One feature of Tolkien's writing is that he almost never gives any numbers for populations or armies or groups above a few people, e.g. the 9 riders or 7 sons of Feanor etc.  I think this was in keeping with the romantic, magical tone of Tolkien's works.  He wanted to paint a picture, to show rather than tell. Actual numbers bring a too sharp, bean-counting tone of realism and take you away from the individuals stories and their emotional impact. But he did give a couple of actual numbers and I use these sparse numbers as a window into his world. Although we have few actual numbers we do have more relative references, where one group are described as twice the size of another, or some such.  Also I use parallels to information about real-world historical populations and contextual information from the books themselves. For example, references to medieval styles armies: hosts and major battles won't refer to a few hundred people, or tens of millions. One final principle is that, as far as even vaguely possible, I will attempt to connect numbers given with other numbers given here, so I'm calculating all these numbers from at least something rather than just purely making up something that sounds plausible.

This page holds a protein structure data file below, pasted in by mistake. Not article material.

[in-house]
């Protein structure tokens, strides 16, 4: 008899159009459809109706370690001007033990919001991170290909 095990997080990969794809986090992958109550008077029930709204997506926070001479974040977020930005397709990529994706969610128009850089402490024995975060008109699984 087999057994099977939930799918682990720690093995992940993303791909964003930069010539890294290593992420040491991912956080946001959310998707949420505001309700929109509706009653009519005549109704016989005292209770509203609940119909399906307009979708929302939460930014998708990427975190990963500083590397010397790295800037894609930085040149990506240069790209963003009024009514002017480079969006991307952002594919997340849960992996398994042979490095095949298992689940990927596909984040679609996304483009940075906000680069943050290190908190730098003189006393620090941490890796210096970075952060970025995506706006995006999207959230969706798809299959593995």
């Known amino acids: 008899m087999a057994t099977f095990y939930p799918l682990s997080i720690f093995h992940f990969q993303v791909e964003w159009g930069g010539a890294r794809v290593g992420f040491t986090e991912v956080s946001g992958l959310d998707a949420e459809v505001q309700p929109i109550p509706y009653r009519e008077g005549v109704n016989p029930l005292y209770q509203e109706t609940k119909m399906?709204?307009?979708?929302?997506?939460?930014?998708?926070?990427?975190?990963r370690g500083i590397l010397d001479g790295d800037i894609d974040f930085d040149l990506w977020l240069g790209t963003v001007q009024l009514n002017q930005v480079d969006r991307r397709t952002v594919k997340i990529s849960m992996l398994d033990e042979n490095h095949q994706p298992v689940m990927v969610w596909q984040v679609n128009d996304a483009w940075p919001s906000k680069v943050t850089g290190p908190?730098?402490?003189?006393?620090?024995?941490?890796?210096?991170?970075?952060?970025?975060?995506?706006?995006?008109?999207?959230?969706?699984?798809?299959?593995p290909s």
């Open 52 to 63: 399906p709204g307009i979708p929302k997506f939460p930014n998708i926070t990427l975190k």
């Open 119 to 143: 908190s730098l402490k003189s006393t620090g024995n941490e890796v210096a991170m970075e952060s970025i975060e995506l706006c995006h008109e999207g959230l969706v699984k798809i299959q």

The 1st Age in Beleriand was predominately populated by the Elves, with Men, Dwarves, Ents and Morgoth's orcs and demons restricted to the far north until after the 4th and 5th Battles.  The Elves were divided between populations of Noldor out of the West, Sindar who had lived in Beleriand for millenia, and Nandor who had come over the mountains later in Ossirand, the land of 7 river and these Elves were divided into multiple Kingdoms as described on the map above, with Morgoth's power concentrated in the far north. To avoid the problem of dealing with dynamic population change I will attempt to give a snapshot estimate of populations shortly before the Dagor Bragollach, the End of the Siege of Angband, at the height of the Elvish Kingdoms.